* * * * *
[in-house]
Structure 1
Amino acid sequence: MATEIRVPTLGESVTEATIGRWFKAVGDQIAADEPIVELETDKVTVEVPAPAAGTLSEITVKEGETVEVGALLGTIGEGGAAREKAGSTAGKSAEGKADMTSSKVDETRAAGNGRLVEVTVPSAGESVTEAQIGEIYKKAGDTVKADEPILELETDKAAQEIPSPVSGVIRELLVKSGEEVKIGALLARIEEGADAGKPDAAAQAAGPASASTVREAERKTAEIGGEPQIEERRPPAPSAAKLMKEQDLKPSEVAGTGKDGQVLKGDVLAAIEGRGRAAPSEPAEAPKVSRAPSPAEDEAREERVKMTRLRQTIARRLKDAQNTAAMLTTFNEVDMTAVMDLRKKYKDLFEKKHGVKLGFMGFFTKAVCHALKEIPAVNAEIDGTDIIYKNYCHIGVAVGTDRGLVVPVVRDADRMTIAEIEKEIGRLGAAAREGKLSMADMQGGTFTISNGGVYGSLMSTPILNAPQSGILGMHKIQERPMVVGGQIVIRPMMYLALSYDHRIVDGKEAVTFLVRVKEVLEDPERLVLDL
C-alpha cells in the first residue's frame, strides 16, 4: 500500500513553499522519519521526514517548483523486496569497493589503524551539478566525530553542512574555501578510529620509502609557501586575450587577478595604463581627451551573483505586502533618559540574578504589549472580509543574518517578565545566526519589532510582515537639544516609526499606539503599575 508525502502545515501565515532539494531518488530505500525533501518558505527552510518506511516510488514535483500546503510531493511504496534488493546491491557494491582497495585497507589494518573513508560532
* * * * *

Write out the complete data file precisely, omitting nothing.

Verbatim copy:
[in-house]
Structure 1
Amino acid sequence: MATEIRVPTLGESVTEATIGRWFKAVGDQIAADEPIVELETDKVTVEVPAPAAGTLSEITVKEGETVEVGALLGTIGEGGAAREKAGSTAGKSAEGKADMTSSKVDETRAAGNGRLVEVTVPSAGESVTEAQIGEIYKKAGDTVKADEPILELETDKAAQEIPSPVSGVIRELLVKSGEEVKIGALLARIEEGADAGKPDAAAQAAGPASASTVREAERKTAEIGGEPQIEERRPPAPSAAKLMKEQDLKPSEVAGTGKDGQVLKGDVLAAIEGRGRAAPSEPAEAPKVSRAPSPAEDEAREERVKMTRLRQTIARRLKDAQNTAAMLTTFNEVDMTAVMDLRKKYKDLFEKKHGVKLGFMGFFTKAVCHALKEIPAVNAEIDGTDIIYKNYCHIGVAVGTDRGLVVPVVRDADRMTIAEIEKEIGRLGAAAREGKLSMADMQGGTFTISNGGVYGSLMSTPILNAPQSGILGMHKIQERPMVVGGQIVIRPMMYLALSYDHRIVDGKEAVTFLVRVKEVLEDPERLVLDL
C-alpha cells in the first residue's frame, strides 16, 4: 500500500513553499522519519521526514517548483523486496569497493589503524551539478566525530553542512574555501578510529620509502609557501586575450587577478595604463581627451551573483505586502533618559540574578504589549472580509543574518517578565545566526519589532510582515537639544516609526499606539503599575 508525502502545515501565515532539494531518488530505500525533501518558505527552510518506511516510488514535483500546503510531493511504496534488493546491491557494491582497495585497507589494518573513508560532